Supreme Court Denies Attempt To Stop Oregon Same-Sex Marriages

The National Organization for Marriage tried to get the Supreme Court to stop same-sex couples from marrying while it appeals a decision not allowing it to intervene in the case. The Supreme Court denied the request without comment Tuesday.

WASHINGTON — The Supreme Court denied the National Organization for Marriage's attempt to stop same-sex couples from marrying in Oregon.

NOM has appealed the trial judge's decision not to let the group, which is opposed to same-sex couples' marriage rights, to intervene in the lawsuit challenging Oregon's ban on such marriages.

The appeal of the intervention denial now continues at the 9th Circuit Court of Appeals, but same-sex couples will continue to be able to marry during the time that is happening.

The 9th Circuit, which is hearing that appeal, denied NOM's request to stop the trial court decision striking down the ban from going into effect during the appeal. NOM then went to Justice Anthony Kennedy to ask him to stop the marriages while that appeal is pending before the 9th Circuit.

Kennedy, who hears procedural matters brought to the court from the 9th Circuit, referred the request to the full court, which denied the request without comment on Tuesday.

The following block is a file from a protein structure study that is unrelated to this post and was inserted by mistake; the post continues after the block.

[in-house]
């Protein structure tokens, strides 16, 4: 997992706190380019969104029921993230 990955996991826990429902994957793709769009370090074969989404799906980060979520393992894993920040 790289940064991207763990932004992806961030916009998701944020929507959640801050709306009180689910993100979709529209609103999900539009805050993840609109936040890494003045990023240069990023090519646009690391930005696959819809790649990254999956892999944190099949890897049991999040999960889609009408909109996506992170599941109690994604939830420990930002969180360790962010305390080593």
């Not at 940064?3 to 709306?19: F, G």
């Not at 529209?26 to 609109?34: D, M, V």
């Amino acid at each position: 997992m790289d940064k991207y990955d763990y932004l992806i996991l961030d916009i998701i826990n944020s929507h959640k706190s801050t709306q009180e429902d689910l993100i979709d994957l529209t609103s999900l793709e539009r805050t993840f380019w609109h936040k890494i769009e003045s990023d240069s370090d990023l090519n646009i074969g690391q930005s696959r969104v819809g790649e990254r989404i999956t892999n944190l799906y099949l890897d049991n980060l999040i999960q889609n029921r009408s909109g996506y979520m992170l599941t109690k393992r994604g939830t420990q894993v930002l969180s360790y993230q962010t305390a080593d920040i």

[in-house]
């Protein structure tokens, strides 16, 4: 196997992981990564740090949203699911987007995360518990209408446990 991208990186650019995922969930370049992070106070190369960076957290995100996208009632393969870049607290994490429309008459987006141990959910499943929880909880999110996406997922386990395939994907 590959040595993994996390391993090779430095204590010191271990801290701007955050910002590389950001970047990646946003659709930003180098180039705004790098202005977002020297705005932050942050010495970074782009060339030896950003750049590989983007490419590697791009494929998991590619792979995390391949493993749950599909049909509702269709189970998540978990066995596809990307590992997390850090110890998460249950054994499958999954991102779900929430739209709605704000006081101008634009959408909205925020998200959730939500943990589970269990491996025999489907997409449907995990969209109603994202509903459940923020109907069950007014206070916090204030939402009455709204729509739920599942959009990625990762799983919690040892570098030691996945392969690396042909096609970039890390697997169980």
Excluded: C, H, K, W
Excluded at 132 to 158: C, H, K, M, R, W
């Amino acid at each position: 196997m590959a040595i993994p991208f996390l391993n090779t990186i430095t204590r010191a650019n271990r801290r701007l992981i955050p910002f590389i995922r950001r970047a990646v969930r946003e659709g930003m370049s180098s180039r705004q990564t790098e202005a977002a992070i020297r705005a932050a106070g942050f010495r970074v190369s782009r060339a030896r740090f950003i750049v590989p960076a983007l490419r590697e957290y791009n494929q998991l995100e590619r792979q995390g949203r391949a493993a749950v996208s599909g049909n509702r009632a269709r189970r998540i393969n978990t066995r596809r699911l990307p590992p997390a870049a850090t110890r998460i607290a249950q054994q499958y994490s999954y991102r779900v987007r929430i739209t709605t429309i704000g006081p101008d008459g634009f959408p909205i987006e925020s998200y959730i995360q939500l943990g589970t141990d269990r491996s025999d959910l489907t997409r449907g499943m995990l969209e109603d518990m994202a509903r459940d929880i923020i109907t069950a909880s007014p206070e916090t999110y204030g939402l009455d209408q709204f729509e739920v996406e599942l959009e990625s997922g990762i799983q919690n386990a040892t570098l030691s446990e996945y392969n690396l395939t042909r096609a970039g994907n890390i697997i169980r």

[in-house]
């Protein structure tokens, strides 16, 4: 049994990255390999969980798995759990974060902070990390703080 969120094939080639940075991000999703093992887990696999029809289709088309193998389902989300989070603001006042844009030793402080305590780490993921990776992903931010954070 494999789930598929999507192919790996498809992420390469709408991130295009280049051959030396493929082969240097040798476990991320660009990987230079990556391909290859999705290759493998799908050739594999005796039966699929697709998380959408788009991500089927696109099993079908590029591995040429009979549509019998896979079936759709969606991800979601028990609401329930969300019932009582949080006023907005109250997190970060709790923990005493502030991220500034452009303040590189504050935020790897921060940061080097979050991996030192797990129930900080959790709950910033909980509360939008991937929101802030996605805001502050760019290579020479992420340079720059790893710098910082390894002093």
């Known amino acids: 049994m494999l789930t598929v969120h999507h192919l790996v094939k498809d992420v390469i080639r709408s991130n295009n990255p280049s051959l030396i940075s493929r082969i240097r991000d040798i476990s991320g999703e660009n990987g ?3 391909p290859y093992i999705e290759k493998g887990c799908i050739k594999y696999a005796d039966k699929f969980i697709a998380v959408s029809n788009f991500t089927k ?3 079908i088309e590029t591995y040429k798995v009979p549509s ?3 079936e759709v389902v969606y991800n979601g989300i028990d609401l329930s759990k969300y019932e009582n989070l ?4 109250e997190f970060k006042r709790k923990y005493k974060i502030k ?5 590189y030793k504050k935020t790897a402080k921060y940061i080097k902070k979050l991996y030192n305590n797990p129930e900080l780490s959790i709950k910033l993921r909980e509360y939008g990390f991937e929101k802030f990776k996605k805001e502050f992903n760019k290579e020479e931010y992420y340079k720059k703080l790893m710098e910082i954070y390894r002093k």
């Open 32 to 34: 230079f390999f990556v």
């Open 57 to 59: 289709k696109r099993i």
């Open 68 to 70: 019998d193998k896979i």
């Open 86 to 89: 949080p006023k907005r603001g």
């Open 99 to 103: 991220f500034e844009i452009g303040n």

NOM's appeal of the denial to intervene is the only matter left pending in the case because Oregon state officials had not fought the lawsuit, having agreed with the plaintiffs that the ban is unconstitutional. They had said that they would not appeal the decision if U.S. District Court Judge Michael McShane struck down the ban.

In another case, that challenging Utah's ban on same-sex couples' marriages, the Supreme Court issued a stay in January, which has led most judges hearing marriage cases since to issue a stay during any appeal. Here, however, the argument was not about whether there should be a stay of marriages during an active appeal from state officials, but instead whether NOM was likely to succeed in its attempt to intervene in the lawsuit in the first place.

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